And now the question is: What next, Four Corners writers, reporters and readers?
After nearly 12 years of exploring, expounding upon, defending and celebrating the Four Corners Country from its home in Durango, Colo., Inside Outside Southwest magazine has joined the ranks of publications that have gone under in its attempt to stay afloat in the new-media economy. The September 2010 issue was the publication’s last release.
Since 1998, Inside Outside has been a journal of entertainment, culture, environment and recreation bonding the regions bounded roughly by Salt Lake, Denver, Albuquerque and Flagstaff. Self-dubbed “A locals’ guide to what’s really up in the Four Corners,” that tagline was more than just a boast — it was accurate. For no other single publication — or any other form of mass media — covered the Four Corners area as the single and distinct place it is.
A single and distinct place, yes, united by hydrology, creative arts, history, geology, rural and tourism economies, outdoor lifestyles and the constant push-me/ pull-you of public commons freedom and rapacious private enterprise. But those four corners of Utah, Arizona, New Mexico and Colorado are also a multitudinous and distinctive place. As connected as the Four Corners’ inhabitants are, it is also a region of great and grand diversity.
At its heart is the Colorado Plateau, book-ended by the staggering Fourteeners of the ragged San Juan Mountains and the black-granite guts of the Grand Canyon. In between lie the shrapnel and wounds of that landscape’s making: every possible form of peak, foothill, creek, draw, wash, river, canyon, badland, hoodoo, outcrop, sage flat and sheer redrock wall. Inhabiting that landscape are peoples comprising a population more culturally diverse than most continents, inhabiting a scattering of outposts, villages, hamlets, towns and mini-cities.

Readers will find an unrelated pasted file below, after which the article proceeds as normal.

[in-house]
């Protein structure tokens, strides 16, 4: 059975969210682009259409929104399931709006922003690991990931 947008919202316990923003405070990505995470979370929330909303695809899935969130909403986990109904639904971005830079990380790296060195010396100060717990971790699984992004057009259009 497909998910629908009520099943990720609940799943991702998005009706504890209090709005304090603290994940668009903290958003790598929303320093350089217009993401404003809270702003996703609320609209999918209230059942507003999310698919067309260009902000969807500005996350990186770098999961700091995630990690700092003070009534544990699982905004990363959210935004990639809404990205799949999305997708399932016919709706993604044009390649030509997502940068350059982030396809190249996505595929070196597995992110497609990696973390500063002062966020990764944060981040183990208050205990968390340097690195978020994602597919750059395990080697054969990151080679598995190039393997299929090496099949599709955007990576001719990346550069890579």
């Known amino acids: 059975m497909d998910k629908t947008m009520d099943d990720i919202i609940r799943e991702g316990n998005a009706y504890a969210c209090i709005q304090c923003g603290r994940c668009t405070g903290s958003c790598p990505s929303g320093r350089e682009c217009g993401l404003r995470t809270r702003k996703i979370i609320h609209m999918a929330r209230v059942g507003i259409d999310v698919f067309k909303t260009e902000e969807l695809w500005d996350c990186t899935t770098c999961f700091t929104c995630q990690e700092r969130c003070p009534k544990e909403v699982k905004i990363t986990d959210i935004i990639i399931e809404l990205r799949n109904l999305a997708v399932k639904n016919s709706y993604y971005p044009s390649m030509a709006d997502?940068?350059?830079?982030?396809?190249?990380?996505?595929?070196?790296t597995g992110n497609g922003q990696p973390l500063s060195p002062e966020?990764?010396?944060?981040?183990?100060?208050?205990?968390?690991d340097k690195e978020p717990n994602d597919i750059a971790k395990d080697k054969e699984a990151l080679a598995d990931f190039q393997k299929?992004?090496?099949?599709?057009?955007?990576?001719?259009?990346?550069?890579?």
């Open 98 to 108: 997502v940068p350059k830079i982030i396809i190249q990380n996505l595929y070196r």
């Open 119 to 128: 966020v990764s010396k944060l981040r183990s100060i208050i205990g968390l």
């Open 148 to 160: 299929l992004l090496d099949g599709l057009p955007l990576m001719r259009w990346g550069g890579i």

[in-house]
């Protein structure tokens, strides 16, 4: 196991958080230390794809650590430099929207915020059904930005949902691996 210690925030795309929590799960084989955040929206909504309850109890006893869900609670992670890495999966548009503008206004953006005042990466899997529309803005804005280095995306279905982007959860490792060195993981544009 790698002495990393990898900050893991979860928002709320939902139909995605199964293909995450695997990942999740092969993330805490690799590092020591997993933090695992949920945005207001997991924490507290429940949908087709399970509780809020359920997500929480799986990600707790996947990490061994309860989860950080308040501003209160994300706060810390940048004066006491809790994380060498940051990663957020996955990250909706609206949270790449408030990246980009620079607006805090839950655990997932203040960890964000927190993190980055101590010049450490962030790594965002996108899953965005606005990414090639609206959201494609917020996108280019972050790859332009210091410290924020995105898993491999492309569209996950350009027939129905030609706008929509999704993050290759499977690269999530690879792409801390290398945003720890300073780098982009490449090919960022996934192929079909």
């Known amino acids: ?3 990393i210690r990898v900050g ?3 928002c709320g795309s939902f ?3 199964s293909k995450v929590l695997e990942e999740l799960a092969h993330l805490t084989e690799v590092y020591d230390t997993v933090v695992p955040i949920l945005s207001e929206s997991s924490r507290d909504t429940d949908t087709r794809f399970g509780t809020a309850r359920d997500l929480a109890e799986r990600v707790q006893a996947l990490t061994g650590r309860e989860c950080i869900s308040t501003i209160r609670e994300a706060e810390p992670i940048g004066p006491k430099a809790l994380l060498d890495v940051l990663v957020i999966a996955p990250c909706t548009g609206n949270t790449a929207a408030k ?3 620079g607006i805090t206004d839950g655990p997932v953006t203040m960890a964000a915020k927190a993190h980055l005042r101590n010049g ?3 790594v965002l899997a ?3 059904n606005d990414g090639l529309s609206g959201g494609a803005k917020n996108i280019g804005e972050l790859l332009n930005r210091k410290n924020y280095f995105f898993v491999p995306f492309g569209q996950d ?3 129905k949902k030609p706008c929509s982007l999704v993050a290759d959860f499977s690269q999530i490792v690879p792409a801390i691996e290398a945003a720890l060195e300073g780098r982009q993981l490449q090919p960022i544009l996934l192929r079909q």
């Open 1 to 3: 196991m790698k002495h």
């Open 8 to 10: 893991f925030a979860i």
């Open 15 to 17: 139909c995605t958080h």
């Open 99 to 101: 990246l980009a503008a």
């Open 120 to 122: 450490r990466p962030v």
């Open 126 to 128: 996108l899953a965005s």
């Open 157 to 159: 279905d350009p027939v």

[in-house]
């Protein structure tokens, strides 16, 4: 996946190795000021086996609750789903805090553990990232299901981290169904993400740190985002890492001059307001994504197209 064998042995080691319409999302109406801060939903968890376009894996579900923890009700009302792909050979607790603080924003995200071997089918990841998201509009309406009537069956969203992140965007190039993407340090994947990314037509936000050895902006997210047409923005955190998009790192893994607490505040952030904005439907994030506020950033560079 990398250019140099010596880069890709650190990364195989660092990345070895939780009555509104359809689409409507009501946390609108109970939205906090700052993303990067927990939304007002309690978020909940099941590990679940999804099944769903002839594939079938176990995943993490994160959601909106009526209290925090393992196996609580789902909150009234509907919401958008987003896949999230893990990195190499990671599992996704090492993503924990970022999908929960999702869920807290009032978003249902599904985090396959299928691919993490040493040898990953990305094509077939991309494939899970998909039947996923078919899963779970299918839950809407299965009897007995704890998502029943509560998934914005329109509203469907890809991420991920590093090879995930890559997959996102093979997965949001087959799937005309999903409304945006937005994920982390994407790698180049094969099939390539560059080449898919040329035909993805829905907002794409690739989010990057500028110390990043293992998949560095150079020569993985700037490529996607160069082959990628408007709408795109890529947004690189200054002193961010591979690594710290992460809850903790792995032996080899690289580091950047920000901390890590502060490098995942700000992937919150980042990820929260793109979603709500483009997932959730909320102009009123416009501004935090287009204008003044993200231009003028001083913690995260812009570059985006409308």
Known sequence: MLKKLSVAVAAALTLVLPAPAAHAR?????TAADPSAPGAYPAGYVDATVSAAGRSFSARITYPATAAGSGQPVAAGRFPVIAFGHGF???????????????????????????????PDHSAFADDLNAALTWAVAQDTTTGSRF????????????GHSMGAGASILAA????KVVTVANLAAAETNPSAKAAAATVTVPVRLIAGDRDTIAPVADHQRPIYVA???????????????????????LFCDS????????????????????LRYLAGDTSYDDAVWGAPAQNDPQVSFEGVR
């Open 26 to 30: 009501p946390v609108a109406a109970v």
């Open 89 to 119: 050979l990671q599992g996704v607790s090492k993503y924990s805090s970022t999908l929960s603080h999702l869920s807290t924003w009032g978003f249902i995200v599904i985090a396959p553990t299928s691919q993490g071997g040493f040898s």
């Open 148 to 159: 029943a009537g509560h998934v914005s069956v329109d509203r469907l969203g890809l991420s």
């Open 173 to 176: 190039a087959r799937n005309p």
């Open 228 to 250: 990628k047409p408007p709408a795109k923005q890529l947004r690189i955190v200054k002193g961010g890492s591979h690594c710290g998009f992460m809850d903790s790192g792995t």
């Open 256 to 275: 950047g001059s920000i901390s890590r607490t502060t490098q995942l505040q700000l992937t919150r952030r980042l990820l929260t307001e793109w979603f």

Inside Outside attempted to package these many varied facets of this place, and gave an outlet for the region’s writers, reporters, artists and photographers to seek sense and continuity in them. They did that for the people who live here, of course, but also to show those who didn’t why someone who does might do so. Because generally — unlike in nicer climes or more economically rewarding places — people who live here in the Four Corners do so deliberately, consciously, by choice, for some more compelling reasons. Because it ain’t easy to make it here.
And now Inside Outside passes that lesson on, too.
But it was a good run. In its dozen-year existence, Inside Outside published some of region’s brightest and best voices (many familiar to Mountain Gazette readers), including Art Goodtimes, David Petersen, Rob Schultheis, David Feela, Ed Quillen, Ed Marston, Jen Jackson, Michael Wolcott and Amy Maestas. The magazine even scored exclusives with some big-name authors, including John Nichols and Will Hobbs, who each premiered chapters of new novels in its pages. Even Edward Abbey himself rose from the grave to throw a scoop Inside Outside’s way, when a special issue of the magazine on the 10th anniversary of Abbey’s death featured a “lost” Abbey short story that no one, not even Abbey’s estate, had seen since the mid-1950s.
Surely, a region like this can’t be done talking, sharing, exploring? So … what next? That’s up to us…
Ken Wright is the author of “Why I’m Against It All” and “A Wilder Life.” He was Inside Outside’s first managing editor.